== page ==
Monthly Archives: January 2020

Keating Memorial Self Research

We want to share a new project we’re running in coming months: Keating Memorial Self Research – an invitation to collaborate in self-research!

(Click here for extended details, including timeline. If you’re unfamiliar with Open Humans, click here to read more about us!)

We’re inviting people to share their ideas about self-research projects – questions they have, and potential approaches – and provide support for each other in our efforts.

Doing this in a group means you can get help when you’re stuck! This is an opportunity to try self-research for the first time – or to pursue a project you already have – by doing it with a small group of people who have diverse skills, lots of experience, and a desire to support you.

To join:

  • Log in to our Self-Research Forum
  • Post something:
    … a self-research project you might want to do, a project you’re currently working on, something you already did, or just introduce yourself – say hi!

Anybody can do self-research! It can range from structured journaling to rigorous N-of-1 studies. It’s about you – and it can be about nearly anything. From introspection to data analysis, self-research can help people find what habits work for them, manage chronic conditions, and learn more about themselves.

Our goal is to start in February and to have completed our projects by July. What we learn will serve as a celebration in memory of Steven Keating, an inspiring advocate for patient data access. You can read extended details about this effort on our site (including more about Steven, our timeline, and calendar of events).

Collaborating on individual discovery

About the authors: Mad Price Ball and Bastian Greshake Tzovaras lead Open Humans as Executive Director and Director of Research, a nonprofit project dedicated to empowering individuals and communities around their personal data, to explore and share for the purposes of education, health, and research. We have other diverse work in open science, data technology, digital and research ethics, health and humans subjects research, and citizen science. We’ve been thinking about this for a while now: What can be built to make collaboration a reality in self-research?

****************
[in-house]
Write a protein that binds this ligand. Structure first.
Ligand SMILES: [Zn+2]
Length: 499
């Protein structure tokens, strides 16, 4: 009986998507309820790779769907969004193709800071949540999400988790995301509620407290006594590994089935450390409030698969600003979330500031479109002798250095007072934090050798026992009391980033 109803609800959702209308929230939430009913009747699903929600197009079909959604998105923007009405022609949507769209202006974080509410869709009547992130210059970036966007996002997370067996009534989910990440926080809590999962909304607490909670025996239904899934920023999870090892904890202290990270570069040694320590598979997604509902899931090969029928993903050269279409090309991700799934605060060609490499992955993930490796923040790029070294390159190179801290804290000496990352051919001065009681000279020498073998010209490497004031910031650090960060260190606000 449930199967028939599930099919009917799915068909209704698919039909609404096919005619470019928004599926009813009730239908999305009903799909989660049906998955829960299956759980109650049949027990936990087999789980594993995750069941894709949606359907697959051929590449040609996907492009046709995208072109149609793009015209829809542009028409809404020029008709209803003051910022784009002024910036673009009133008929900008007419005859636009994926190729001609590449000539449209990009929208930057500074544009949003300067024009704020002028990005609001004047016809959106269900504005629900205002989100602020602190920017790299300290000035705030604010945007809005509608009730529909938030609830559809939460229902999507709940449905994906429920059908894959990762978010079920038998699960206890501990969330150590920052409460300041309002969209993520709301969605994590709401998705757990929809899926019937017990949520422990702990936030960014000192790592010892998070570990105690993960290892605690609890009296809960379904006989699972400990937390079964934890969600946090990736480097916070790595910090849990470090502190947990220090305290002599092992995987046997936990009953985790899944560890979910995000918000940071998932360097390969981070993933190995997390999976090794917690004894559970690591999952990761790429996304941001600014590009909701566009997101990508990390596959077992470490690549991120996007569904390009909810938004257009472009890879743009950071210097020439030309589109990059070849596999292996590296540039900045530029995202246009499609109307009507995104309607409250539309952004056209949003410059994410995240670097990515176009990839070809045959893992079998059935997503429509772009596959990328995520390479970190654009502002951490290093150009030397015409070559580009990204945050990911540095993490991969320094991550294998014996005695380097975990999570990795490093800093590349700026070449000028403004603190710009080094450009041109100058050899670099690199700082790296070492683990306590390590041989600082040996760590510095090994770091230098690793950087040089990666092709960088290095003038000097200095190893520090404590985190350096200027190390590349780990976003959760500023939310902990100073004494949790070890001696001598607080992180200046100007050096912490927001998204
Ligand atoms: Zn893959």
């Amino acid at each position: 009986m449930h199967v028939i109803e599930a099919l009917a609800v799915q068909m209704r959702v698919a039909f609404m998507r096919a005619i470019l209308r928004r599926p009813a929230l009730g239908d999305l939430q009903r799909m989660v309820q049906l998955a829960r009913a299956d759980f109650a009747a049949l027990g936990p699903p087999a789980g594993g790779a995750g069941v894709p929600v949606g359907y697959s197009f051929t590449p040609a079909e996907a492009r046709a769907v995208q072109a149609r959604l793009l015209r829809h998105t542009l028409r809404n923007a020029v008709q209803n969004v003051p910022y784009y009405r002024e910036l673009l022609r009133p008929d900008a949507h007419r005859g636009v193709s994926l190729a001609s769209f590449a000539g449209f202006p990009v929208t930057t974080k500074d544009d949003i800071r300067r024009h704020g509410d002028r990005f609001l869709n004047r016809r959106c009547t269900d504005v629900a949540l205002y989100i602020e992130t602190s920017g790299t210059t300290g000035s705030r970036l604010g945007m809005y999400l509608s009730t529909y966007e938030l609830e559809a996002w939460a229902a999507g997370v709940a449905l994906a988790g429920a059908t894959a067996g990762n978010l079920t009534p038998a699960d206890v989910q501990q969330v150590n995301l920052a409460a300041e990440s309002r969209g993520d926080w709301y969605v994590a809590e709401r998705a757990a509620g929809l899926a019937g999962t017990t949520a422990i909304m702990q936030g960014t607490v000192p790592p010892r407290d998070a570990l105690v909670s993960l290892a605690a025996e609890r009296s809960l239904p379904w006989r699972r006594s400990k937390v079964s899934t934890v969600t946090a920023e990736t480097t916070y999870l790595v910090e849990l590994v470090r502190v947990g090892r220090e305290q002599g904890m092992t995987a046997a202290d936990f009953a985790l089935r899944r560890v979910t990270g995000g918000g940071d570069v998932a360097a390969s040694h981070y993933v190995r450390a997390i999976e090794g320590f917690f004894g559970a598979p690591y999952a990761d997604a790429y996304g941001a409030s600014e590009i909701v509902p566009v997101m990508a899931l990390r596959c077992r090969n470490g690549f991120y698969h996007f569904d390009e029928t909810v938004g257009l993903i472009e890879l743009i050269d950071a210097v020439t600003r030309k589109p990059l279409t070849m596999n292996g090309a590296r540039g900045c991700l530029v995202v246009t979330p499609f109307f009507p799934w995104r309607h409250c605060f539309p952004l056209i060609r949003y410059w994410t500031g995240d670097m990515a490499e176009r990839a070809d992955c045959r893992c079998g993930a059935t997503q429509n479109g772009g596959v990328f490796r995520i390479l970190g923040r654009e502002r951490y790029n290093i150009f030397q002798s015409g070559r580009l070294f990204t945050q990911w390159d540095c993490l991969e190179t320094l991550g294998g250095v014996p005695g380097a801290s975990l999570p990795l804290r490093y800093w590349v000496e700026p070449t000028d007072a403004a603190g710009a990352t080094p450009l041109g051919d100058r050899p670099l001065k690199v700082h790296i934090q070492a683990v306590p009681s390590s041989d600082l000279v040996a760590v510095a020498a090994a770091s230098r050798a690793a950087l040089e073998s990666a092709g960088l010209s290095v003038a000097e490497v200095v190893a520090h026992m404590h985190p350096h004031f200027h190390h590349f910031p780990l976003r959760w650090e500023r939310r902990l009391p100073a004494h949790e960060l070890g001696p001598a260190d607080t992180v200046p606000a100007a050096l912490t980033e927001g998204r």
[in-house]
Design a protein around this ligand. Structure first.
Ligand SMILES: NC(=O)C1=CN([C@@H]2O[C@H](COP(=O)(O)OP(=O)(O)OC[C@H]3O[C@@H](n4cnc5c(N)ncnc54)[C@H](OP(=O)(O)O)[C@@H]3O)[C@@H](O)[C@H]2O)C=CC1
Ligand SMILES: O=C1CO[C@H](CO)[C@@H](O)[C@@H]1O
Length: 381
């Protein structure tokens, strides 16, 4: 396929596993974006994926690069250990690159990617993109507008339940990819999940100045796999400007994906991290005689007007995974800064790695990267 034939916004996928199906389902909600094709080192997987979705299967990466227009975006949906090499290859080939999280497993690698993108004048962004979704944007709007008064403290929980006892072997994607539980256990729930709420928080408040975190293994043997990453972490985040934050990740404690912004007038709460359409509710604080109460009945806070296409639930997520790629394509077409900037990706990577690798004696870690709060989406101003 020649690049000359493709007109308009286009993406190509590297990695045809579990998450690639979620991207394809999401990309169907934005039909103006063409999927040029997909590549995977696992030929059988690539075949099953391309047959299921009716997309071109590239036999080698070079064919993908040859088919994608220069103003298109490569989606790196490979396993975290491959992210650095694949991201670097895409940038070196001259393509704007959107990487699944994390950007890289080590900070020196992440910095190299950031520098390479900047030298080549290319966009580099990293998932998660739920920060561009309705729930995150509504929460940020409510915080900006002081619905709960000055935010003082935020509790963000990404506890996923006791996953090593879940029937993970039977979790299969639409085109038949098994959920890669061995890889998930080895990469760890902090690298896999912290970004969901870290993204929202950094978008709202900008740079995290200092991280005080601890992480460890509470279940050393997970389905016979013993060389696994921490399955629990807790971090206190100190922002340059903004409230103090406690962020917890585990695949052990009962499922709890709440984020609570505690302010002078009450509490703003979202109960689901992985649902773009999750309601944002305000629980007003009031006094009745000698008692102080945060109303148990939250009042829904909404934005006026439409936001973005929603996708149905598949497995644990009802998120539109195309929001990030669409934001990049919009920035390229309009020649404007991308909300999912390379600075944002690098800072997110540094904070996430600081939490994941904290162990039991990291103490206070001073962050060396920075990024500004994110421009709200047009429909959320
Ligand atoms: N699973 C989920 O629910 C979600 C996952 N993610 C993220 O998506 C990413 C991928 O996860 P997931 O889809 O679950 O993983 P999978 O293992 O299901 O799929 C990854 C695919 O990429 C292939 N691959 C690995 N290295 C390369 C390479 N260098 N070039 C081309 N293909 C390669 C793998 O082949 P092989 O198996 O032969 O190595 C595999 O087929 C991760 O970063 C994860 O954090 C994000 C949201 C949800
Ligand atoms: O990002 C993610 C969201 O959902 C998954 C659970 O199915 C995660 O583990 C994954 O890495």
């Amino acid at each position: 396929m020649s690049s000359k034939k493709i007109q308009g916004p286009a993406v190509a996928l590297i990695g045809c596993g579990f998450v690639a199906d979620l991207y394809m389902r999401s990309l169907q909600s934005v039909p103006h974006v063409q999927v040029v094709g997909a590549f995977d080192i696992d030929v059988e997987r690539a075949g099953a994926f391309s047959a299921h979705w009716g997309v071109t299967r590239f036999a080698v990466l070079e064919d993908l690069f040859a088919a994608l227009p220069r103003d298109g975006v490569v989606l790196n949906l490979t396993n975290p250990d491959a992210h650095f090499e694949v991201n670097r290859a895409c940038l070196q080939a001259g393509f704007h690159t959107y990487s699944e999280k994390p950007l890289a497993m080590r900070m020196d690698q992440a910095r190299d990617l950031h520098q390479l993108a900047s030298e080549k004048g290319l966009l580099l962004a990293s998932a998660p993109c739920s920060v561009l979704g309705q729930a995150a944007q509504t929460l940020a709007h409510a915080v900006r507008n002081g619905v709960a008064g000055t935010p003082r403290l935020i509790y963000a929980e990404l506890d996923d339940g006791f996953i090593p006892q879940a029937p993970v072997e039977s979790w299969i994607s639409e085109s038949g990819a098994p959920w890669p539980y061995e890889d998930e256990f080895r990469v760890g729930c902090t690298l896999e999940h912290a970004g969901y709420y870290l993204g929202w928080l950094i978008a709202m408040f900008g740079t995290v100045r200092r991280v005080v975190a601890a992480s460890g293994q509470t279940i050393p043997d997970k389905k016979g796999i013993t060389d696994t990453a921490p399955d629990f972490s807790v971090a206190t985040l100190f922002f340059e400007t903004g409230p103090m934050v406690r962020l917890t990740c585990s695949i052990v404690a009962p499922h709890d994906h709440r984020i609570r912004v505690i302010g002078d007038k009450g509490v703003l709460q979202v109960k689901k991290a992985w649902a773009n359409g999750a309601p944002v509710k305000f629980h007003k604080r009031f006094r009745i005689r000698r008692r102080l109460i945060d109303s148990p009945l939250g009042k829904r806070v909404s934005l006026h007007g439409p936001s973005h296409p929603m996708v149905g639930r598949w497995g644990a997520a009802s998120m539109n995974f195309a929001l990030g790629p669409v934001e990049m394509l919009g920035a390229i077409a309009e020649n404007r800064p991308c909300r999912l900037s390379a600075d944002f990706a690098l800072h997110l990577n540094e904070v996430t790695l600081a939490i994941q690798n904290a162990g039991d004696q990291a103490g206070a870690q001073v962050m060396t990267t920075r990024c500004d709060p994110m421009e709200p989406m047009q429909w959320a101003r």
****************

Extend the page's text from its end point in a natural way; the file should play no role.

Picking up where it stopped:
Gary Wolf’s call for enabling individual discovery describes a vision we also share: we believe in the untapped potential of people studying themselves. Answering questions relevant to their own lives, with motivations ranging from chronic disease to curiosity. We encourage you to read what he’s written: “How to Make 10 Million Discoveries”

We can all ask questions about our lives: sometimes unique, sometimes common. “Does this medication help me? Do I say “sorry” too often? Is social media making me unhappy?”

Each of those questions is a potential discovery – about you.

Gary wrote: “My colleagues and I envision a world with as many new, consequential health discoveries as there are articles in Wikipedia.” That is, ten million discoveries.

We think this can be done, and we’ll tell you how.

(And if you’re interested in helping – skip to the bottom to read how!)

Doing things together

“If you want to go fast, go alone. If you want to go far, go together.”

Until recently, people would have told you it’s impossible for hundreds of thousands of volunteers write the world’s largest encyclopedia in nearly 300 languages. Wikipedia now exists. It is an inspiring example of the potential of “peer production”: the idea that people can co-create knowledge in a collective way, with an open collaborative approach. It is made possible by the Internet – by online methods for knowledge-sharing, re-use, and decentralized coordination.

Could this work with self-research? Gary observed the potential:

“Technology that makes it easy for people to make, discover, and share things has fundamentally reshaped older systems of mass production in many domains. Why not in health? The diversity of needs and questions people have, and the diversity of skills and experiences required to address them, makes this a natural job for peer production. Healthcare may be slow in helping. But we can help each other.”

Few of us can become an expert in everything we need when studying ourselves. This is something peer production can solve. The outcome is incredibly powerful: people can contribute in the place they are expert, and benefit from the expertise of others.